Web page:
When I was encouraged to add my pronouns to my Discord account, something inside of me was hesitant to list the pronouns I had been using up until that point, he/him, and opted to simply go with “any pronouns” for the time being instead. This identification wouldn’t stick around forever, of course. However, I certainly wouldn’t have felt as comfortable taking this vulnerable step for an at-the-time-cis-identifying-male if it weren’t for the community being so obviously understanding and celebratory of decisions of this nature. Regardless, as I became more acclimated to the quirky and my own identity I came to the conclusion that I was, in fact, a girl. The “Blaseball” community continued to play a role in being a safe space for me to explore the different facets of gender transition, and I am all the more happy for it to this day.
Again, I wouldn’t necessarily say “Blaseball” was The Thing that led to me coming out to myself and the world. There were quite a few discussions with my parents, my therapist, and online friends in other supportive communities along the way. At the very least, however, I could pretty fairly characterize the game and its community as a veritable entry point to the kind of self-reflection that I hadn’t engaged with up until that point in my life. I simply didn’t really even know that trans people existed prior to sometime in middle school at the earliest and didn’t come to see queer communities in a positive light until another few years after that.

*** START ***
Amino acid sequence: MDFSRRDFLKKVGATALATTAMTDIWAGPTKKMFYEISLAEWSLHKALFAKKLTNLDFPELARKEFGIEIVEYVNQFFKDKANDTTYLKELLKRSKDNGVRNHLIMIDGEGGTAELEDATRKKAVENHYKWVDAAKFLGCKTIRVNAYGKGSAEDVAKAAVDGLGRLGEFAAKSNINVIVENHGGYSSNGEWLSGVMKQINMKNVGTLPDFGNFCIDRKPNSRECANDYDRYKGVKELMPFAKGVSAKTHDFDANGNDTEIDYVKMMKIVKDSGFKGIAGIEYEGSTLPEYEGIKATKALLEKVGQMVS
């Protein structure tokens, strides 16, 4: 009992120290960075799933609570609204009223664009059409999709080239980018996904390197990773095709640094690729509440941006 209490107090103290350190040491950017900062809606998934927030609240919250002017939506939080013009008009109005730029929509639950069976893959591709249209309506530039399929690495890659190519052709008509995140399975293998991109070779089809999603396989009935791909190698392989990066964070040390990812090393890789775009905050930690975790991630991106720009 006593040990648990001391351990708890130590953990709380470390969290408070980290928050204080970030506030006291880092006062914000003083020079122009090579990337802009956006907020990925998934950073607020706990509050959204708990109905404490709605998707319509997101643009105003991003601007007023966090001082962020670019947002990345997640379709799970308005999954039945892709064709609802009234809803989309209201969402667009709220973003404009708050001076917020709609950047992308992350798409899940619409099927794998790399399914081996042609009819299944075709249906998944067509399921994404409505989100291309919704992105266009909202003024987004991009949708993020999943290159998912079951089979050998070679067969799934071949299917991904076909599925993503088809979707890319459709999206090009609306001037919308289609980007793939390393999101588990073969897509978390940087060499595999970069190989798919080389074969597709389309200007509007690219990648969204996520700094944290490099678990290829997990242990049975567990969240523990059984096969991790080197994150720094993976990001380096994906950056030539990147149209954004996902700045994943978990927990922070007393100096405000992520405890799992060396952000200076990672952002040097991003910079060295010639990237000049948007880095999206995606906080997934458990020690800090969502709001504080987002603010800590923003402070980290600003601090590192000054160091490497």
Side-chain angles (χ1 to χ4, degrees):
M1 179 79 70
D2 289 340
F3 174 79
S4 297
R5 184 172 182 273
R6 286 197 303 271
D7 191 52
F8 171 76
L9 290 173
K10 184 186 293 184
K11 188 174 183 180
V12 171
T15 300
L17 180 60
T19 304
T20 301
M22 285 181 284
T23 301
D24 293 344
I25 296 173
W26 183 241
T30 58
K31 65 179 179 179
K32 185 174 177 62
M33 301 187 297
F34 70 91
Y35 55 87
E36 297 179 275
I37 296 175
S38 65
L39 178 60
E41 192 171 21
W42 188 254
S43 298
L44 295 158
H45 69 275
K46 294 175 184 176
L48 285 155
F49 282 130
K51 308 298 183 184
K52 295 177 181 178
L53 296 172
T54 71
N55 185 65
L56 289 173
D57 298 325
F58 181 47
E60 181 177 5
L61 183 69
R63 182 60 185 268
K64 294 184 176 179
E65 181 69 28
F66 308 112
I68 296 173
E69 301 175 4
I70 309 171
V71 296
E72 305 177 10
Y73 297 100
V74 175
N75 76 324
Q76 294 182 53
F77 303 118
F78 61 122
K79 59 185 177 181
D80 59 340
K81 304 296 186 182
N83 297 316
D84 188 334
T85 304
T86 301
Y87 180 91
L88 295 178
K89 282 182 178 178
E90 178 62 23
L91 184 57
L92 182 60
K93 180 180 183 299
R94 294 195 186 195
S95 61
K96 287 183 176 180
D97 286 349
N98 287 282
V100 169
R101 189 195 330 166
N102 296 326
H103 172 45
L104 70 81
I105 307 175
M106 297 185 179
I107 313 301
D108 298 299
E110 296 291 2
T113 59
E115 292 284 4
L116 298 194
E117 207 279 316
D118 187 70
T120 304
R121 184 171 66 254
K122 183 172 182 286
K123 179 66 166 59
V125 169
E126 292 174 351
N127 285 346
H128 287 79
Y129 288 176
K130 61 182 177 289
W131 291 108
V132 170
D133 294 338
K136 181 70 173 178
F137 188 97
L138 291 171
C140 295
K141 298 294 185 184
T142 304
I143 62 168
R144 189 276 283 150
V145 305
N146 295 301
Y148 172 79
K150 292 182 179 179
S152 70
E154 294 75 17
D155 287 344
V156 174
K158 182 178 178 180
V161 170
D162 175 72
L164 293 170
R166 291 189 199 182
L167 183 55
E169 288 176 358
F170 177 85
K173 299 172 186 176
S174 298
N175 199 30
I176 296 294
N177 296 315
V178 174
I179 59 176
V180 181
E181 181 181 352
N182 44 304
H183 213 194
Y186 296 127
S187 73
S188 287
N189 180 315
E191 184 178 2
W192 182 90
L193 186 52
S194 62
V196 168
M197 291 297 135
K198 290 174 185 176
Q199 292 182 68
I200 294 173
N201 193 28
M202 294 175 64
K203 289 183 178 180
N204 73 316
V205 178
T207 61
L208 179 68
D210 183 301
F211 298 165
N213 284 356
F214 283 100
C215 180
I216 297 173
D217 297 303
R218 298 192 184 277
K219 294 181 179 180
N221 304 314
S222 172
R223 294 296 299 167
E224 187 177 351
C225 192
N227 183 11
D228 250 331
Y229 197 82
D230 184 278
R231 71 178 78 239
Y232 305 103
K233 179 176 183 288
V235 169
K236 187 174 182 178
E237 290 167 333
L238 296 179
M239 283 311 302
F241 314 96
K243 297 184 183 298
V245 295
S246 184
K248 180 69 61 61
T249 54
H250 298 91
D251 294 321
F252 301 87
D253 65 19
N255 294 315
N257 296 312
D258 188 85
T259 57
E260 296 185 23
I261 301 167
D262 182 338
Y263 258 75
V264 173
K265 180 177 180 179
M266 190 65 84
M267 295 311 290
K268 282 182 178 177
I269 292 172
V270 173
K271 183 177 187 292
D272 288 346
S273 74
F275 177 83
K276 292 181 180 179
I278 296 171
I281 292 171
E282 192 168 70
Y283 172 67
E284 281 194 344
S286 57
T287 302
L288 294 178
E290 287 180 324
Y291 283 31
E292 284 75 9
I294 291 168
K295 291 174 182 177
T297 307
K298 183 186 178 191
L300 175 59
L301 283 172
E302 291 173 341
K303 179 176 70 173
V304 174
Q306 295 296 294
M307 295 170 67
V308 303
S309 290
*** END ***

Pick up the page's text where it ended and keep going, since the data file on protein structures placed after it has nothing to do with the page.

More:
For those people without exposure to LGBTQ+ culture growing up, discovering a new favorite video game that just happens to be diverse and has an equally diverse community surrounding it may just be the beginning of a journey for one realizing and celebrating a new self. (I should point out that the aforementioned games along with “Blaseball” are lauded as being of high quality by many even not on the “inside” as it were.) It may seem ridiculous that a favorite transfeminine mountain climber, gay post-apocalyptic outlander, or asexual agender pitcher may be a model of admiration enough for one to change their own name and pronouns. But it isn’t the games and communities themselves making someone transfem, gay, or agender: it’s the self-reflection that the games and communities freely encourage and discuss that is important for those who wouldn’t know to do so otherwise.
By the time you are reading this article, “Blaseball” should have hopefully booted back up after a roughly year-and-a-half hiatus. I eagerly anticipate seeing you on the mound soon! (Or more accurately, Discord server. But that doesn’t have quite the same ring to it.) Look for the giant squid holding the popcorn bucket and foam hand — it’ll help you out from here. You have my word.